The Gospel Story of the Two Thieves
In the New Testament gospel story, Jesus Christ is depicted has being hung on a cross between two "thieves," "criminals" or "malefactors."
This episode is represented at Matthew 27:38
, Mark 15:27, Luke 23:39-43 and John 19:18. The passage in Matthew says:
Then two robbers were crucified with him, one on the right and one on the left.
The Greek word rendered here as "robbers" and elsewhere as "thieves" is λῃσταί or lestai
, plural of λῃστής or lestes
), which Strong's defines as: "a robber, plunderer, freebooter, brigand." The Greek word is used 15 times across all four gospels. In Matthew, both criminals mock Christ, and there is no hint of a "penitent thief."Mark 15:27
And with him they crucified two robbers, one on his right and one on his left.
Here again the Greek word rendered "robber" is lestes
In a note in the RSV, we learn that there is in some Bible editions an insertion, Mark 15:28, which reads:
And the scripture was fulfilled which says, "He was reckoned with the transgressors."
We thus learn that this episode is included in order to "fulfill prophecy" (Is 53:12
), i.e., as part of the messianic scriptural blueprint used by the creators of Christianity, suggestive of the motif's fictional/mythical nature.John 19:18
There they crucified him, and with him two others, one on either side, and Jesus between them.
The word here is simply ἄλλους or allous
, from allos
The passages at Luke provide more details (RSV):
One of the criminals who were hanged railed at him, saying, "Are you not the Christ? Save yourself and us!" But the other rebuked him, saying, "Do you not fear God, since you are under the same sentence of condemnation? And we indeed justly; for we are receiving the due reward of our deeds; but this man has done nothing wrong." And he said, "Jesus, remember me when you come into your kingdom." And he said to him, "Truly, I say to you, today you will be with me in Paradise."
This passage does not identify these individuals as "thieves." They are simply crucified "criminals." Departing from Mark and Matthew, Luke does not use the word λῃστής or lestes
here to describe the "robbers." The Greek word at Luke 23:39 for "criminals" is κακοῦργος or kakourgos
, meaning "bad-doer." Hence, the Latin "malefactor" is closest to the literal translation. the same word κακοῦργος (G2557) is used in the NT only in Luke 23, at verses 32, 33 and 39, and at 2 Timothy 2:9.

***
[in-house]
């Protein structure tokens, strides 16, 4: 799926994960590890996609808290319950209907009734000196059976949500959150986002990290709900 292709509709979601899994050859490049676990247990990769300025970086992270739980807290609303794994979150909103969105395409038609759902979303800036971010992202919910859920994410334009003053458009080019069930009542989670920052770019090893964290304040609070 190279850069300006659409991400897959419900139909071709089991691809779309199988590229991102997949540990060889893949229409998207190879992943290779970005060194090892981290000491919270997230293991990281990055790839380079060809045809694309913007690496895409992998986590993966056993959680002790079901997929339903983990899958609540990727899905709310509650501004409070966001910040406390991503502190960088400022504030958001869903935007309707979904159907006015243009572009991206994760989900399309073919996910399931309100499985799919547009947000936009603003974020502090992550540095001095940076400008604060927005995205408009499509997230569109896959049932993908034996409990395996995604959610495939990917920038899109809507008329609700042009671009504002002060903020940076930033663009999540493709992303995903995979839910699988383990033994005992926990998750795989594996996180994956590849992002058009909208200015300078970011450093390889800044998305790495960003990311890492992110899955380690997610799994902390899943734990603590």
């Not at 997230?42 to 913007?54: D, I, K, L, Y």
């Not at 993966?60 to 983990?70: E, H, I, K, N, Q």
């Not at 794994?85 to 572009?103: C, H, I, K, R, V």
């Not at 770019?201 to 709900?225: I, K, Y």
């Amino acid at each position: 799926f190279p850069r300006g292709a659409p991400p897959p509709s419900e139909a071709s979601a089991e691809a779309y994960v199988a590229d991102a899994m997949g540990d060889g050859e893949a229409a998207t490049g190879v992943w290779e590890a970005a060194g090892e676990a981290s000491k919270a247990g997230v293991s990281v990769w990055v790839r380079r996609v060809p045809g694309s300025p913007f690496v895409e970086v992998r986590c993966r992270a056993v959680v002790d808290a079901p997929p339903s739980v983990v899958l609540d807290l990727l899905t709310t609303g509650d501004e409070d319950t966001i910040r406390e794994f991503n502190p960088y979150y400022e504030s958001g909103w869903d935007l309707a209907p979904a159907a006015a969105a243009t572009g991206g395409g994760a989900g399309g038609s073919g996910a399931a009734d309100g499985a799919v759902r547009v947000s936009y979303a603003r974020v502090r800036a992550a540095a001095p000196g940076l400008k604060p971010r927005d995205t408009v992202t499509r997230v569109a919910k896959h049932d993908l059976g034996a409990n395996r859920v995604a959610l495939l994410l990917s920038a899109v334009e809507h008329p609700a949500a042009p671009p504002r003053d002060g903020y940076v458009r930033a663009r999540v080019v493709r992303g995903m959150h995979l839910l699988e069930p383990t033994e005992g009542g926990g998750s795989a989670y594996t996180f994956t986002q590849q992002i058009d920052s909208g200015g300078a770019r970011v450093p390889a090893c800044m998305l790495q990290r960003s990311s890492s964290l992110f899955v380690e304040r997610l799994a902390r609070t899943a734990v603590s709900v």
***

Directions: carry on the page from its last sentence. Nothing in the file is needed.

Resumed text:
These facts are suggestive of a later interpolation, especially since the term is used elsewhere only in a pastoral epistle widely accepted as pseudepigraphically attributed to Paul but which was evidently written in the middle of the second century. Could 2 Tim 2:9 be tied into Luke 23?
Moreover, in Luke one of the thieves has become not only penitent but also pretty chatty for someone nailed to a cross, a posture that would preclude talking. Does this extraordinary dialogue, found only in Luke and contradicting Matthew, really sound as if it is "historical?" Who recorded it? Is it verbatim? Did the scribe ask the crucified man to speak up? It frankly sounds like fictional dialogue.History of the 'Two Thieves' Motif within Christianity
Where does the story of Christ hanging between "two thieves" come from and why was it emphasized? This motif gained great popularity throughout Christendom, with the characters receiving various names. As I write in Christ in Egypt
(357ff, a six-page subsection discussing the "Two Thieves"):
According to Christian tradition, the thief going to heaven is named Dysmas/Dismas
/Desmas/ Demas/Dimas/Dymas, while the one destined for hell is Ctegas/Cystas/Cesmas/Gestas/Gistas, the names being introduced in several texts, including the apocryphal Acts of Pilate or Acta Pilati. In most manuscripts, Demas appears on the right of Jesus, while Gestas is on the left. In one manuscript of the Acts, however, and in several other texts, these positions are reversed. It is interesting that the manuscript of the Acta Pilati in which the positions are reversed, with Demas on the left and Gestas on the right...
The fact that the names of the thieves are "widely divergent," as are their roles, indicates a mythological construct, not a true story. This suspicion of myth is borne out by the apocryphal tale found in the Arabic Gospel of the Saviour's Infancy (23), in which appears a story of two robbers—held to be the same as the "two thieves"—assaulting the Holy Family in Egypt, by the names of Titus and Dumachus, the former of whom discouraged the latter from carrying out the crimes. For this act, according to the Infancy Gospel, "Titus" was promised by "the Lord"—a 2-year-old child!—to sit at his right hand in heaven. This tale is patently fictional, as well as illogical, as the omnipotent God/Jesus could surely have prevented himself from being robbed, as he could have thwarted Herod from assailing him and from heartlessly massacring a bunch of infants.